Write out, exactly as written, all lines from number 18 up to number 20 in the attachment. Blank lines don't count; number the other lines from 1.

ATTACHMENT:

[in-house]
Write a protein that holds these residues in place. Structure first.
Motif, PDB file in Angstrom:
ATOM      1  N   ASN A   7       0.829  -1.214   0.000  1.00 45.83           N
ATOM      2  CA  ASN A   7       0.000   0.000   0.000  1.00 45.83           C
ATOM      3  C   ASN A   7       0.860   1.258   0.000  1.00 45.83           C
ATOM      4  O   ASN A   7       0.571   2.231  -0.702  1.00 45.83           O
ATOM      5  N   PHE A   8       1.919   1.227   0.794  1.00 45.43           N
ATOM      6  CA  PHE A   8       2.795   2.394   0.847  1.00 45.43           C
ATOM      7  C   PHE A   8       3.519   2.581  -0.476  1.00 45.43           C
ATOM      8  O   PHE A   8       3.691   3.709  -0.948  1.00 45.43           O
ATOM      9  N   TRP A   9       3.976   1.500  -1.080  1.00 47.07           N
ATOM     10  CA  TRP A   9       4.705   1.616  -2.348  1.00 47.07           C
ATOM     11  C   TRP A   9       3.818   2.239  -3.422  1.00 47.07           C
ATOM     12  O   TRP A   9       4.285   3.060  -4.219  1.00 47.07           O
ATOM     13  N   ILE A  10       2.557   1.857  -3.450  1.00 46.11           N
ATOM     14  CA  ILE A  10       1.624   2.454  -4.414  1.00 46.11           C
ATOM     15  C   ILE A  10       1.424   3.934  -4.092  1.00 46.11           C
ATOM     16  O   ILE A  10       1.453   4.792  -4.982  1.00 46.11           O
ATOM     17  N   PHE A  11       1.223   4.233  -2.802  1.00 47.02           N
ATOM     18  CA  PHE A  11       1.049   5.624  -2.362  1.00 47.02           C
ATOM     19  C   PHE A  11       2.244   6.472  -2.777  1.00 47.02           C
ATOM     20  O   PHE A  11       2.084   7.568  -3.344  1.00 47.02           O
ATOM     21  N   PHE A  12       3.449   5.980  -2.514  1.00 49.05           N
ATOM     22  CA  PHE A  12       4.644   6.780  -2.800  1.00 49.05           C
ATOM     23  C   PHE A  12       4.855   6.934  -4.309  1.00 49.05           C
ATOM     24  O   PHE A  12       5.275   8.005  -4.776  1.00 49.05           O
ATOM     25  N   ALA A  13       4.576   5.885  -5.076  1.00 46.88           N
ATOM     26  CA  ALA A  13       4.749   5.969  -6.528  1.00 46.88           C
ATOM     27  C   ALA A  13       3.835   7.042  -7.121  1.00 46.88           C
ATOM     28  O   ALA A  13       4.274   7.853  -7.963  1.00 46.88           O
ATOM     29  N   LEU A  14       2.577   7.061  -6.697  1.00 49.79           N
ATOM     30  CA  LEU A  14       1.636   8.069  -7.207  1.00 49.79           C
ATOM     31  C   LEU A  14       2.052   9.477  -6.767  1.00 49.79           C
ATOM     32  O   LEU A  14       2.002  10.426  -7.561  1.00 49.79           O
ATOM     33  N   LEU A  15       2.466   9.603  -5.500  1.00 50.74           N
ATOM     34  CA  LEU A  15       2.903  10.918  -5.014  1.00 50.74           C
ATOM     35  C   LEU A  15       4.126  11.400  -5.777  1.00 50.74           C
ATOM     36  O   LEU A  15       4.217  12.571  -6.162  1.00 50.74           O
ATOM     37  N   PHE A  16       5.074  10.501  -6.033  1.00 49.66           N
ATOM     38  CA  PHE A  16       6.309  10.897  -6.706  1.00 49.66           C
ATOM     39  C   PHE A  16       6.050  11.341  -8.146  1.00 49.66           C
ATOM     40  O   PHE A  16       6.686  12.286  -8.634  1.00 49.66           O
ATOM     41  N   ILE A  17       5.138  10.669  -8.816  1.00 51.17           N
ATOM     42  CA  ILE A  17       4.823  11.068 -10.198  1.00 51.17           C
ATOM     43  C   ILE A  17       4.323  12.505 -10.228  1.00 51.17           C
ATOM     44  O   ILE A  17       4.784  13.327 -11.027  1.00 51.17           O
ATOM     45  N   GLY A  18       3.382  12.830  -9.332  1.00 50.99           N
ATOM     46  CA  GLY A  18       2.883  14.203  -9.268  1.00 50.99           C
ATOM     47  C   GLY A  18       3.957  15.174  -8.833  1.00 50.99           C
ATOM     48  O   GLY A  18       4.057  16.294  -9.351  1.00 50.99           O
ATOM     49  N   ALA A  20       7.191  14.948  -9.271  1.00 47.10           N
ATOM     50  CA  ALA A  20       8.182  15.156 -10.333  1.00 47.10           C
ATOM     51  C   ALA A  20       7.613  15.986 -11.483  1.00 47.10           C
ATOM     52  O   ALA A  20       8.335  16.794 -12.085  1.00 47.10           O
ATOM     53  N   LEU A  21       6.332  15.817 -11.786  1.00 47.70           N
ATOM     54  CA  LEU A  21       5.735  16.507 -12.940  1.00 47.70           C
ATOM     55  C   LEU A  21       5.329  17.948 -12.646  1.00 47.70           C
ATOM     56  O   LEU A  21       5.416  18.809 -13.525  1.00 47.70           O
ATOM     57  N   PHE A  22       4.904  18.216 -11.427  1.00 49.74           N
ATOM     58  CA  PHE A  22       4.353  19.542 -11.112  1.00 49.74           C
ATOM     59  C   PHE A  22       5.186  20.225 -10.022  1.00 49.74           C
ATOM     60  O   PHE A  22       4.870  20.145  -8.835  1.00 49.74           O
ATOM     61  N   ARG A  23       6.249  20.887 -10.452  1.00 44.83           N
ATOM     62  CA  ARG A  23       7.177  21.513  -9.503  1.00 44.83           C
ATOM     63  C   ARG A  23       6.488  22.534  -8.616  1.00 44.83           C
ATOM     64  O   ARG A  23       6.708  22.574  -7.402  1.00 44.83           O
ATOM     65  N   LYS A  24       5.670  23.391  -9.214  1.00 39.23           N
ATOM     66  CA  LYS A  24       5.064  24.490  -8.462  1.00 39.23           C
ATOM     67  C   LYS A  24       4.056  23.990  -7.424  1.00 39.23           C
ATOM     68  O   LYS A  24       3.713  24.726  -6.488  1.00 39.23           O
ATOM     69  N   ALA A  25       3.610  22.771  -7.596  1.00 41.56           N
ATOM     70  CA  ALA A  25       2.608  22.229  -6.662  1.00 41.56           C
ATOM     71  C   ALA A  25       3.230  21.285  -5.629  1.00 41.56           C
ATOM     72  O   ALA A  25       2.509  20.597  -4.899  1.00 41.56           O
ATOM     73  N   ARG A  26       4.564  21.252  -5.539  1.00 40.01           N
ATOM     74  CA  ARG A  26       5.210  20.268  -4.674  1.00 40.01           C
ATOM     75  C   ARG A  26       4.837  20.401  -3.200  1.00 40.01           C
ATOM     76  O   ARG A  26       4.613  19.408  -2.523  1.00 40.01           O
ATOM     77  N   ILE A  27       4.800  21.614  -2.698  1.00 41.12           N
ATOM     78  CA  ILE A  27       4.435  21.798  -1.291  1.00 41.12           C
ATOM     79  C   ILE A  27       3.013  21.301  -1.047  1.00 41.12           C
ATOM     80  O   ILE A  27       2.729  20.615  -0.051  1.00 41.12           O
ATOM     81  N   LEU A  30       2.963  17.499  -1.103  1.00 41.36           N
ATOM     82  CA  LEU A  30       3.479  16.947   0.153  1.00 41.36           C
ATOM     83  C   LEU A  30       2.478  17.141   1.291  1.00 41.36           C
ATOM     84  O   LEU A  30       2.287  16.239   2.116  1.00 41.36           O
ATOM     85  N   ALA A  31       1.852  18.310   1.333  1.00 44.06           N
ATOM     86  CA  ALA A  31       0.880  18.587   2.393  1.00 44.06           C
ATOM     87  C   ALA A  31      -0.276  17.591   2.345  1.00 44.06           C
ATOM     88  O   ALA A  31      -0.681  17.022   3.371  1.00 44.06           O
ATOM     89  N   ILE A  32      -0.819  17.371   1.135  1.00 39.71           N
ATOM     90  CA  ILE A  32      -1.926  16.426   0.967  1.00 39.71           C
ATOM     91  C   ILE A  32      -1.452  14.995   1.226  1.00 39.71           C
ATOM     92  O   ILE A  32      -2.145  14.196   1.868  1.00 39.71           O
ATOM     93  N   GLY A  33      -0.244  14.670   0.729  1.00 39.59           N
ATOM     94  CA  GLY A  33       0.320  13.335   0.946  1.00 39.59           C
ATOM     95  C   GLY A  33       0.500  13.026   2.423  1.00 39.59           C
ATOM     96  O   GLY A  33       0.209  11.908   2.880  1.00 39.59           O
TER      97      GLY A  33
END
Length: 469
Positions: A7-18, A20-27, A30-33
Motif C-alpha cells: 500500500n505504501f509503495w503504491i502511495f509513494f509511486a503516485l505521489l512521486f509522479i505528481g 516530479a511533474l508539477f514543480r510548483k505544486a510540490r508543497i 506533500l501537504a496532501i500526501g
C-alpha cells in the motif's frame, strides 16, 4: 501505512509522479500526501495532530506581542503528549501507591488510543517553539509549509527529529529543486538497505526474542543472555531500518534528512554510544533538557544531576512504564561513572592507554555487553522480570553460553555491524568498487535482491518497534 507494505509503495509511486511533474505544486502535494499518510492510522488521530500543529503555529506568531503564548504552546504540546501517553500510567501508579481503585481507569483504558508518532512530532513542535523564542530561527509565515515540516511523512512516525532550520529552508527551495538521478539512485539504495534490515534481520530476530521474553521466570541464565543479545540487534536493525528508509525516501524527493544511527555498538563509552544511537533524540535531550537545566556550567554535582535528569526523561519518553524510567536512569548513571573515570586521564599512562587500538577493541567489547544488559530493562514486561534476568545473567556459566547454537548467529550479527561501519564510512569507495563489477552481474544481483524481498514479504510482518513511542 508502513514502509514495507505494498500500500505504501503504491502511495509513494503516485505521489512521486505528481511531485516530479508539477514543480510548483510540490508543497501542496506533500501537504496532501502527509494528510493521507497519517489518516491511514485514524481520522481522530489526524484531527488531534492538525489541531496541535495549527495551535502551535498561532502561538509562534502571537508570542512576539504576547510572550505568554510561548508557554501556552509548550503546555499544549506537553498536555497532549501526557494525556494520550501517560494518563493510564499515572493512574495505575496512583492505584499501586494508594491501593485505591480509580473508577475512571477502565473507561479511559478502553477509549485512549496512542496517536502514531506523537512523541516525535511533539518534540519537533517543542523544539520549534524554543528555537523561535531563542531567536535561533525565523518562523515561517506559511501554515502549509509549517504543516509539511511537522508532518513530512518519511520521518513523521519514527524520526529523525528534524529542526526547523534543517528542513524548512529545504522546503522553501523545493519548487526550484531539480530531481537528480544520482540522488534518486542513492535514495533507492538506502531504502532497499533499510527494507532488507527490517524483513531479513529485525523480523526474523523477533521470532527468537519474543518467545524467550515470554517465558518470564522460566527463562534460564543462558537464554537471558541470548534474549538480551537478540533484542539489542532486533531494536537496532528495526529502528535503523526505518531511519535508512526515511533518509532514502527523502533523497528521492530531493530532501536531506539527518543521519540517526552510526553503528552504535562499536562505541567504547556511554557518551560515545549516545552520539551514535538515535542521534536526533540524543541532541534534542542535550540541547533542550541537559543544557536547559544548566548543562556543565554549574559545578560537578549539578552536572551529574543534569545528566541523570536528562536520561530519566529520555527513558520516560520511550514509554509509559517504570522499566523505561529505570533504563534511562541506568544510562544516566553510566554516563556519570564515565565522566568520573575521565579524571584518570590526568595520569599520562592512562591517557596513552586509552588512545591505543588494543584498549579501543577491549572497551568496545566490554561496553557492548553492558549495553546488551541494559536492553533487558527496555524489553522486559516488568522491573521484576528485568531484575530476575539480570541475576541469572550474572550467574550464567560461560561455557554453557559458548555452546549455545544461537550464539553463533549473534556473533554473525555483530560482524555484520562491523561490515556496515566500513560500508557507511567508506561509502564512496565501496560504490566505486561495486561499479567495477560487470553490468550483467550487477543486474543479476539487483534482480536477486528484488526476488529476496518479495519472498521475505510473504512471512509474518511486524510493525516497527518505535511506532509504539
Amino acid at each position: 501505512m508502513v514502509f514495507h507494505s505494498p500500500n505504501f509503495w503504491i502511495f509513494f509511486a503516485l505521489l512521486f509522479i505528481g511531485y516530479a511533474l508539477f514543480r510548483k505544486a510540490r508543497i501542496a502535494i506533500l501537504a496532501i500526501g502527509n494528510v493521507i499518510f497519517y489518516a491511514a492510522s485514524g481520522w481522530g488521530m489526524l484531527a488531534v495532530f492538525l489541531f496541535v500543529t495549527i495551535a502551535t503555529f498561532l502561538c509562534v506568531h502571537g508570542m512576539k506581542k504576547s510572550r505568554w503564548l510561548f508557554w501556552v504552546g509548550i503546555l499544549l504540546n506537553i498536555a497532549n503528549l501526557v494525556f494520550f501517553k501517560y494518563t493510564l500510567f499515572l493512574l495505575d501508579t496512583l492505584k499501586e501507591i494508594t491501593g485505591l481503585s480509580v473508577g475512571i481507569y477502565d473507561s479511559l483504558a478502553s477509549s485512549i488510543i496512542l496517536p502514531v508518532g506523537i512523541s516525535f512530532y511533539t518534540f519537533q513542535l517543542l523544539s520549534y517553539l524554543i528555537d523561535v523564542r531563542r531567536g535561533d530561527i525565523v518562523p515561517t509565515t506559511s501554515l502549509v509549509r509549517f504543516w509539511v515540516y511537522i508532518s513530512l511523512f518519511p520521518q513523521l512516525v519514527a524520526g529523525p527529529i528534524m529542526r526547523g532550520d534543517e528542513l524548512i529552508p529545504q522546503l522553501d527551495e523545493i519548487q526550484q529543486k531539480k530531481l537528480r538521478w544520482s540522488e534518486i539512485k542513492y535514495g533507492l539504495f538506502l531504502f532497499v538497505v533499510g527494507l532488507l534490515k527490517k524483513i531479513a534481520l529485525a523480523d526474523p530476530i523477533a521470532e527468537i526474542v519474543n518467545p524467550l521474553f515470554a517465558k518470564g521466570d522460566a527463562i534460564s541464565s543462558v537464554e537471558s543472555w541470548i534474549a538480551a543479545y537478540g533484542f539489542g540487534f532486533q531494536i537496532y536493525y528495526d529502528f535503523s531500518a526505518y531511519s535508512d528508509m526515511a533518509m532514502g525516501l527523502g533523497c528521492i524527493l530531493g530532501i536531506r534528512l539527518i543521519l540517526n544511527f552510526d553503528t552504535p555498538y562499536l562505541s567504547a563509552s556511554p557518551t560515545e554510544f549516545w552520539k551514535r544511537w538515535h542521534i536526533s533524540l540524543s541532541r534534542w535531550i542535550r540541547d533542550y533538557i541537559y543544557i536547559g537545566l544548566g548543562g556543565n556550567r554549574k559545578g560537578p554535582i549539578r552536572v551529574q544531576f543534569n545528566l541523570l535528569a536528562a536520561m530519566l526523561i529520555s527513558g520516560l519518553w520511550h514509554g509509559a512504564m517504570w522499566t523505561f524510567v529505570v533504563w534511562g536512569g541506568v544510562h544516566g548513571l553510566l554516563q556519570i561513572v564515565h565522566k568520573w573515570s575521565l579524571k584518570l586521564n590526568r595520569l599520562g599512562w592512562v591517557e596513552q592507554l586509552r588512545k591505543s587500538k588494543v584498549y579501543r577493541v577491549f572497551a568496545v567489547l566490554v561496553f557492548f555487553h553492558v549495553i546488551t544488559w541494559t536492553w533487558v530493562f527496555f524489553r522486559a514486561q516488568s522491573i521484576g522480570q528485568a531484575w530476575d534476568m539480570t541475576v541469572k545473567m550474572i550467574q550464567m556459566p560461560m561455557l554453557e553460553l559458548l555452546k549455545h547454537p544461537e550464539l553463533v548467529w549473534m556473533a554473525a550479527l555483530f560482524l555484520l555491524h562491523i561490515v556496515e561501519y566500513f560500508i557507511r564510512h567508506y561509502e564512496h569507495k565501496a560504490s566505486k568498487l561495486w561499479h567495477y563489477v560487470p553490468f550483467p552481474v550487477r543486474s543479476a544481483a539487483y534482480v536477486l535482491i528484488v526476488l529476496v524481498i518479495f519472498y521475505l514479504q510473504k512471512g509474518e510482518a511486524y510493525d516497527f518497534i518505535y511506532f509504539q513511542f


ATOM     15  C   ILE A  10       1.424   3.934  -4.092  1.00 46.11           C
ATOM     16  O   ILE A  10       1.453   4.792  -4.982  1.00 46.11           O
ATOM     17  N   PHE A  11       1.223   4.233  -2.802  1.00 47.02           N